Those who swim at public pools or own a private spa have almost certainly immersed their bodies into water treated with sanitizing chemicals. These unnatural additives beat back bad bacteria but can leave skin dry and itchy. With some reactions, the eyes and turn red, the respiratory system becomes irritated, and itchy bumps or hives appear on the skin’s surface.
Such chemical reactions are called “irritant dermatitis” and are not, strictly speaking allergies. Exposure to pool additives is more like a chemical burn than a bad reaction to peanuts.
Chlorine dissolved into pool water combines with bacteria and other organics in the water at a molecular level to destroy the disease-causing contaminants. When chlorine combines with another substance, neutralizing it, the chlorine is also neutralized – the two cancel each other out, effectively. Additional chlorine treatments are needed to continue killing off unhealthy germs.
Pool technicians call this procedure the weekly shock treatment which is removed from the water by the pool’s filtration system. The recommended swimming pool chlorine level is 1-3 ppm (parts per million) for clean water that is safe for swimmers.
As any swimmer can tell you (myself included), chlorine is tough on the eyes. As soon as I take the first plunge and open my eyes underwater, I can tell right away if the pool techs treated the water with chlorine – by the insane stinging that starts almost immediately and lasts for hours after toweling off.
Frequent swimming in chlorinated pools and exposure to cleaning products that contain chlorine has been linked to a higher risk of developing asthma and other respiratory allergies in both teens and adults.
Following are some signs of skin sensitivity to chlorine:
- Red, tender skin, inflammation, and/or itchiness at the site of contact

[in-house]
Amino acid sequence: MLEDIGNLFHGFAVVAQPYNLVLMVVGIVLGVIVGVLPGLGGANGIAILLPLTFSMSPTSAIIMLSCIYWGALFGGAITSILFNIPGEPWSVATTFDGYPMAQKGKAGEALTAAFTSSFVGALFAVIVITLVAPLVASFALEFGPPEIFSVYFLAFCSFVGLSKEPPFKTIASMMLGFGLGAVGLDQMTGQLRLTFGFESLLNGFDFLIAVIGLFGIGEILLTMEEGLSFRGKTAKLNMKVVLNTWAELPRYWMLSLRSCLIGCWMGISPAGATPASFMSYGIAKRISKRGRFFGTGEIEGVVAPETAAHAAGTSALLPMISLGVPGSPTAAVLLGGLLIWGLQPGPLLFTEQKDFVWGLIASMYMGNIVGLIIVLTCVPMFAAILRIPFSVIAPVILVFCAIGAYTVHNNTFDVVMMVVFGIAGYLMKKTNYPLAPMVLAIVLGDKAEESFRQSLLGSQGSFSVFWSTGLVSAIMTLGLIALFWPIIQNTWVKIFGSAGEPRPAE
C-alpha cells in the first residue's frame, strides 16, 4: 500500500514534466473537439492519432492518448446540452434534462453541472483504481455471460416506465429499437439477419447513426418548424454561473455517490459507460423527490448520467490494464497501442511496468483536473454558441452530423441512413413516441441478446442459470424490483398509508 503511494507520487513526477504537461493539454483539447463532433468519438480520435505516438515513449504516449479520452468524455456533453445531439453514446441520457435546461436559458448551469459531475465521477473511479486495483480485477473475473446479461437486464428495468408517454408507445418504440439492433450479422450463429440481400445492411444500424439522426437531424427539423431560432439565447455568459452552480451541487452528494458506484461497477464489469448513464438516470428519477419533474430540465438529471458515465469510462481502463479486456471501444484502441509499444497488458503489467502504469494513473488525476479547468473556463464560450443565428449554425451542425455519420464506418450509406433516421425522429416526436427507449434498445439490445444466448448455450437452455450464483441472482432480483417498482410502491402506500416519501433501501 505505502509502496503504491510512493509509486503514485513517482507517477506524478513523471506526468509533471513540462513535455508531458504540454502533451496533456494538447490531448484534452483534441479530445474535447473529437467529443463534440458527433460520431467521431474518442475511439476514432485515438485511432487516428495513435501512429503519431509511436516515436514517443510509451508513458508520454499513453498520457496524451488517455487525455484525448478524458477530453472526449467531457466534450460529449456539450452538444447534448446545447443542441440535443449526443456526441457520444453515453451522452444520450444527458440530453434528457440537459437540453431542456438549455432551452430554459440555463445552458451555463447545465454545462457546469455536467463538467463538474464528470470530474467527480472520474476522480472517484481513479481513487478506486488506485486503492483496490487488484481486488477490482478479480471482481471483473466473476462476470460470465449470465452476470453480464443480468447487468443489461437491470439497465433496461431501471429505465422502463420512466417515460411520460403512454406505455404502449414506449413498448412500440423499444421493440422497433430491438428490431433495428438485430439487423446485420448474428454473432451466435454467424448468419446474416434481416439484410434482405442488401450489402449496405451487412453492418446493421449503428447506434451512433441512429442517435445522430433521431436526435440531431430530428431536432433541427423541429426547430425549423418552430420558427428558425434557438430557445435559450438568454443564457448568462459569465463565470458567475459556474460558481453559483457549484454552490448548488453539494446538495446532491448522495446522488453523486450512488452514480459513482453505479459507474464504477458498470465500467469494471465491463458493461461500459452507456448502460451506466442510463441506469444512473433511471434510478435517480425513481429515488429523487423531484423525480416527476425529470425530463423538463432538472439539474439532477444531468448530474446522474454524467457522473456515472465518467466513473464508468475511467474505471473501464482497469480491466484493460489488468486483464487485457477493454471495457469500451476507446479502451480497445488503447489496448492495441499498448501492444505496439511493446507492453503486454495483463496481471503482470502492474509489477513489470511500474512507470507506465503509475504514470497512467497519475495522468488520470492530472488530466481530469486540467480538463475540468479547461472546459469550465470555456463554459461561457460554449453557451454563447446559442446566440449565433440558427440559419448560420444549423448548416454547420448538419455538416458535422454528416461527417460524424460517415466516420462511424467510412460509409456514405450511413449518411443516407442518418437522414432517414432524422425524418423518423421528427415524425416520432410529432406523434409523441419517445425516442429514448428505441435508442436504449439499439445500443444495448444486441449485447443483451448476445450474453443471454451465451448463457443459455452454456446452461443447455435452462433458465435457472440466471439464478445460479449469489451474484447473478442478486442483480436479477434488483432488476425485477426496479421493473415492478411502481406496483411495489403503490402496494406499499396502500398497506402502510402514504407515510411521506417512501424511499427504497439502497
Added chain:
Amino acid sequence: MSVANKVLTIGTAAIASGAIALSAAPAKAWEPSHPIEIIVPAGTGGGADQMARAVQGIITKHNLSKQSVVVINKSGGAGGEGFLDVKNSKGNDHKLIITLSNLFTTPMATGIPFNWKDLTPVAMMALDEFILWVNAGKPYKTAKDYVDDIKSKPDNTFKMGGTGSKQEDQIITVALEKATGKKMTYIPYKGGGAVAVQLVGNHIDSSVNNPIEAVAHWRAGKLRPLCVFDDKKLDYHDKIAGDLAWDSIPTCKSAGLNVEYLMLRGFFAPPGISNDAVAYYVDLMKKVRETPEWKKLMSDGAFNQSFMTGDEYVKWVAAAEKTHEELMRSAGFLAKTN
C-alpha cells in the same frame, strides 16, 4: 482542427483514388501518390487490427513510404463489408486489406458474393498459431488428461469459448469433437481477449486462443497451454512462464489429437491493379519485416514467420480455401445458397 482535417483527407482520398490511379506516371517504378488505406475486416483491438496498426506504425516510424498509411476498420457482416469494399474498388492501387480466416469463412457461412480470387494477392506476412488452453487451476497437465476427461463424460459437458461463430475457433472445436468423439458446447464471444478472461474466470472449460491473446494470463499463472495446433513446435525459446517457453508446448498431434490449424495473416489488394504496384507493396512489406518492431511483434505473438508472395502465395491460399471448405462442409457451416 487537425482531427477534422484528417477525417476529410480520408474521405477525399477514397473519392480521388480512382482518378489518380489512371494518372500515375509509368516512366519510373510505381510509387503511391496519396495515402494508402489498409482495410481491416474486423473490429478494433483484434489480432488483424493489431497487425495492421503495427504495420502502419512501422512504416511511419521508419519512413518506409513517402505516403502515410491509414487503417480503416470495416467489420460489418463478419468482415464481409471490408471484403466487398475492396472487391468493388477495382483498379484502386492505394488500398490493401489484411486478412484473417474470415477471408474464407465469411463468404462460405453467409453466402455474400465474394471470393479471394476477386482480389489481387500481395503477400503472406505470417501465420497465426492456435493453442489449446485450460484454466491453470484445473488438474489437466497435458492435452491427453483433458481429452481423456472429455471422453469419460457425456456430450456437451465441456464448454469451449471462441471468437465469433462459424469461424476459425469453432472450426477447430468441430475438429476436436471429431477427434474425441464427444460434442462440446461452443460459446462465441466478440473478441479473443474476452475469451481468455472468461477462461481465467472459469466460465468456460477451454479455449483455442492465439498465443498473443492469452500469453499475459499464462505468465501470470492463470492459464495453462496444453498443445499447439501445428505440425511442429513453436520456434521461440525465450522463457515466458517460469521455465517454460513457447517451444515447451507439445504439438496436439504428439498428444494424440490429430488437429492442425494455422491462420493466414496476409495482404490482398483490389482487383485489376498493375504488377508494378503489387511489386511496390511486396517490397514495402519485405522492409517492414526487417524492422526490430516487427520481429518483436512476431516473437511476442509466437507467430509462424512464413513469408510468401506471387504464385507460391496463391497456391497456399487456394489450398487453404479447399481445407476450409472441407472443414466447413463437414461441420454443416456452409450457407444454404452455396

- Skin lesions or rash
- Scales or crust on the skin
Although chlorine is wicked effective for killing bacteria and other pathogens, it is wicked bad on the body. There is a milder alternative: bromine.
I first encountered bromine in the basement hot tub of a house I was caretaking. Before leaving for Europe, the homeowners instructed me on the esoteric art of spa maintenance, including how much bromine to add and how often.
Bromine is favored for hot tubs and heated pools because it is more stable than chlorine in the warmer temperatures. Like chlorine, bromine wipes out pathogenic organisms, neutralizing both. But a good portion of the bromine stays active after combining with the pathogens.
As with chlorine pools, the weekly shock treatment will still burn off the bacteria and harmful contaminants but leave behind some of the bromine – which continues to disinfect the pool. Consequently, it takes much less volume of the chemical bromine than chlorine to sanitize a pool, keeping maintenance expenses down.
This gain is offset by the cost of bromine which is higher than what you pay for chlorine. Another downside is that, although less harsh on the skin, bromine is chlorine-based and will trigger a reaction in anyone with a chlorine sensitivity.
The truth is that it doesn’t take much chlorine or bromine to neutralize pool bacteria but some folks who perform maintenance think that “more is better” and exceed the recommended dosage. Everyone who dumps chemicals into water intended for bathing or swimming needs to know how much chemical to add based on the volume of the pool – how much water it can hold.
Pool maintenance is tricky because the chemical levels change from exposure to sunlight, water temperature, and the number of people who have been using the pool.
The recommended safe level of bromine in pool water ranges between 2.5-4.0 ppm. When higher levels are detected, waiting for the filters and other environmental factors to lower the concentration is usually the best course of action.
Overdoing the bromines in a pool can result in a saturation of bromamines which form when bromine combines with airborne contaminants containing ammonia or from the skin of swimmers. Eccrine sweat glands cover most of the body and keep the body cool by sweating and here’s the kicker:
“Eccrine sweat is almost entirely water with a little salt and potassium, but it also contains trace amounts of ammonia, uric acid and urea – all waste byproducts of the body’s metabolism of nitrogen.”
Bromine converted to bromamines in the water reduces the effectiveness of sanitizing chemicals. Even though the levels of chemical sanitizer look good, the chemicals are no longer able to destroy pathological organisms.
The way to get rid of unwanted bromamines is to administer shock treatments regularly.
Also, be careful if you have a pet that likes to use the pool, too. A hot dog loves a cool pool but may wind up with symptoms similar to its humans companions: inflamed skin and nostrils and a runny nose. Furthermore, swallowing or drinking large enough amounts of chlorine or bromine is not good for any animal.